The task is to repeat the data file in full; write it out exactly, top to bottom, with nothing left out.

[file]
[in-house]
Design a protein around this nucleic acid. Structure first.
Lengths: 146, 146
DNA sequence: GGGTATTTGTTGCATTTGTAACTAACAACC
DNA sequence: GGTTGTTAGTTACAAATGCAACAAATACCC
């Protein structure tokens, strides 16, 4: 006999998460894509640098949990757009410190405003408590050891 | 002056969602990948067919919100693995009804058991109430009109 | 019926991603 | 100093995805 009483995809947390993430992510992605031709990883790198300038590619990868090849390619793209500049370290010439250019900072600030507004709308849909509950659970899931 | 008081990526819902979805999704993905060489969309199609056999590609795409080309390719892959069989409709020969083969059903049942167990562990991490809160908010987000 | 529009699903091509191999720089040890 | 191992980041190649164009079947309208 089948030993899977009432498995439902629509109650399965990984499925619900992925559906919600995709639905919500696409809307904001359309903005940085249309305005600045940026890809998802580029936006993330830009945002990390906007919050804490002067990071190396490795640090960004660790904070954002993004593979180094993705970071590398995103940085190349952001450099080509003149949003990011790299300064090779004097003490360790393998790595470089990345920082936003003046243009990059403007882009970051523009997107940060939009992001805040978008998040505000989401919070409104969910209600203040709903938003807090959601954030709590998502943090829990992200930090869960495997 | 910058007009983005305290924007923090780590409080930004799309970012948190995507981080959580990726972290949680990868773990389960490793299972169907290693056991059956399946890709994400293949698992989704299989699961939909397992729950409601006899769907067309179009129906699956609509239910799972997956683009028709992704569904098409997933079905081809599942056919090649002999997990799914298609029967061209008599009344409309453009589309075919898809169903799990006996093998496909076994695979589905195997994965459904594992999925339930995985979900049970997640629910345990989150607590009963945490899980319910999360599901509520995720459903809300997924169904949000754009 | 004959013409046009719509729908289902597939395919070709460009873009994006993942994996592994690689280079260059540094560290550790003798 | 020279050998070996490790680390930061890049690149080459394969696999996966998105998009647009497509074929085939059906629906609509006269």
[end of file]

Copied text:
[in-house]
Design a protein around this nucleic acid. Structure first.
Lengths: 146, 146
DNA sequence: GGGTATTTGTTGCATTTGTAACTAACAACC
DNA sequence: GGTTGTTAGTTACAAATGCAACAAATACCC
């Protein structure tokens, strides 16, 4: 006999998460894509640098949990757009410190405003408590050891 | 002056969602990948067919919100693995009804058991109430009109 | 019926991603 | 100093995805 009483995809947390993430992510992605031709990883790198300038590619990868090849390619793209500049370290010439250019900072600030507004709308849909509950659970899931 | 008081990526819902979805999704993905060489969309199609056999590609795409080309390719892959069989409709020969083969059903049942167990562990991490809160908010987000 | 529009699903091509191999720089040890 | 191992980041190649164009079947309208 089948030993899977009432498995439902629509109650399965990984499925619900992925559906919600995709639905919500696409809307904001359309903005940085249309305005600045940026890809998802580029936006993330830009945002990390906007919050804490002067990071190396490795640090960004660790904070954002993004593979180094993705970071590398995103940085190349952001450099080509003149949003990011790299300064090779004097003490360790393998790595470089990345920082936003003046243009990059403007882009970051523009997107940060939009992001805040978008998040505000989401919070409104969910209600203040709903938003807090959601954030709590998502943090829990992200930090869960495997 | 910058007009983005305290924007923090780590409080930004799309970012948190995507981080959580990726972290949680990868773990389960490793299972169907290693056991059956399946890709994400293949698992989704299989699961939909397992729950409601006899769907067309179009129906699956609509239910799972997956683009028709992704569904098409997933079905081809599942056919090649002999997990799914298609029967061209008599009344409309453009589309075919898809169903799990006996093998496909076994695979589905195997994965459904594992999925339930995985979900049970997640629910345990989150607590009963945490899980319910999360599901509520995720459903809300997924169904949000754009 | 004959013409046009719509729908289902597939395919070709460009873009994006993942994996592994690689280079260059540094560290550790003798 | 020279050998070996490790680390930061890049690149080459394969696999996966998105998009647009497509074929085939059906629906609509006269």